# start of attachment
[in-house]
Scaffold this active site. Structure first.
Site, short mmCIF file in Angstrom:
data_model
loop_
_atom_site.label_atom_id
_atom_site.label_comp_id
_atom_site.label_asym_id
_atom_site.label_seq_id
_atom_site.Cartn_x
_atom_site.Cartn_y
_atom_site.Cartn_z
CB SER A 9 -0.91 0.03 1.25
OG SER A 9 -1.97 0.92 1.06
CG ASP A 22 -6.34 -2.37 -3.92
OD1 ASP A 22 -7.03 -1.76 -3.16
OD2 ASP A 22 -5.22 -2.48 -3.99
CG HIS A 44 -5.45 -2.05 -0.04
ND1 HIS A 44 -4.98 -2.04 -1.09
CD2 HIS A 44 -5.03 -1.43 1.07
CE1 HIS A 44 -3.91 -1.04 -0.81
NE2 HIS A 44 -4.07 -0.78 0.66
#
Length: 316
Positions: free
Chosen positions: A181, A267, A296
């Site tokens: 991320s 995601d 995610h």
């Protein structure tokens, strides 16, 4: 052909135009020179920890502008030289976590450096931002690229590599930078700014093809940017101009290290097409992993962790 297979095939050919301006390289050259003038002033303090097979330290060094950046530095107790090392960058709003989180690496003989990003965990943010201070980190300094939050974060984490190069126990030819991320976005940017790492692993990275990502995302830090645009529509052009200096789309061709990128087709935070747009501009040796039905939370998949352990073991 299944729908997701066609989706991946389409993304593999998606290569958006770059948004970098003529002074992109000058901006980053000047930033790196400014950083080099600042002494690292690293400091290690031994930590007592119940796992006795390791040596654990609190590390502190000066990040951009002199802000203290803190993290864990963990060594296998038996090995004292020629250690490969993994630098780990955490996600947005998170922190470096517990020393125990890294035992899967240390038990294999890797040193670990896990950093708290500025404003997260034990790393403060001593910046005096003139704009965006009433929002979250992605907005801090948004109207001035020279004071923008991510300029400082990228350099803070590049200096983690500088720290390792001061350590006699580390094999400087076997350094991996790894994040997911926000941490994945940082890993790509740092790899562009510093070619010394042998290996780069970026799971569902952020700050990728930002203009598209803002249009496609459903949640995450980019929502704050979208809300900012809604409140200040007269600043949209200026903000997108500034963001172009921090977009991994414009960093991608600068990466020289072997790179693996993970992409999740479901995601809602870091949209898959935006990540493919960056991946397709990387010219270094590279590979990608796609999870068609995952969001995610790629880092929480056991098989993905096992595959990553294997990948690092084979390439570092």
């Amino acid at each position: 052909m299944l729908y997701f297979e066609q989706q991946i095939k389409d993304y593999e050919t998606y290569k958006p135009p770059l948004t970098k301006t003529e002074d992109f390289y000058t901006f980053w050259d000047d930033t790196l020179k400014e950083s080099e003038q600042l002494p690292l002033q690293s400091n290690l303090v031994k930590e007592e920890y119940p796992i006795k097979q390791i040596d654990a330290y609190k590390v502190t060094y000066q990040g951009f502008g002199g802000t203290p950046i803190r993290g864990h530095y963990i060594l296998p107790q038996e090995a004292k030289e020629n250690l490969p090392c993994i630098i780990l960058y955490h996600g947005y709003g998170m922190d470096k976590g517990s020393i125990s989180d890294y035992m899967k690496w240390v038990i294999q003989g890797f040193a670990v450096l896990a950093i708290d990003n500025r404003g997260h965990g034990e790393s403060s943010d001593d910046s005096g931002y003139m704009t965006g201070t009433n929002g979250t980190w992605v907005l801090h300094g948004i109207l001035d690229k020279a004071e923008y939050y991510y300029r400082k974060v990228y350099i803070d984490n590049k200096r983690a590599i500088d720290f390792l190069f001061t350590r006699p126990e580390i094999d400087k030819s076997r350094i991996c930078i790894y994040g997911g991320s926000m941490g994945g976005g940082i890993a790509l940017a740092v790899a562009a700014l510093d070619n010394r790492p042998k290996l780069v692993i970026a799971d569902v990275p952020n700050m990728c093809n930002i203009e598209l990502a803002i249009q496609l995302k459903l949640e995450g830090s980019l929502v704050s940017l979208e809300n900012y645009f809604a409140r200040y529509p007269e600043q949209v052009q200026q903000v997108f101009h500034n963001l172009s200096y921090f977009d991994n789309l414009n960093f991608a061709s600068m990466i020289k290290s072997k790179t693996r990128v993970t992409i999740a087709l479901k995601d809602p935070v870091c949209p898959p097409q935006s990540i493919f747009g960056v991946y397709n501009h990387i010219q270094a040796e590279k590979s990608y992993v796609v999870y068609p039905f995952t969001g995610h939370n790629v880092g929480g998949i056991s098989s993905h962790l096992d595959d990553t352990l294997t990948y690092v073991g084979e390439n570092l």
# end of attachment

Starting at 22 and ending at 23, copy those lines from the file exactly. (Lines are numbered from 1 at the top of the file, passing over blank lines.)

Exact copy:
NE2 HIS A 44 -4.07 -0.78 0.66
#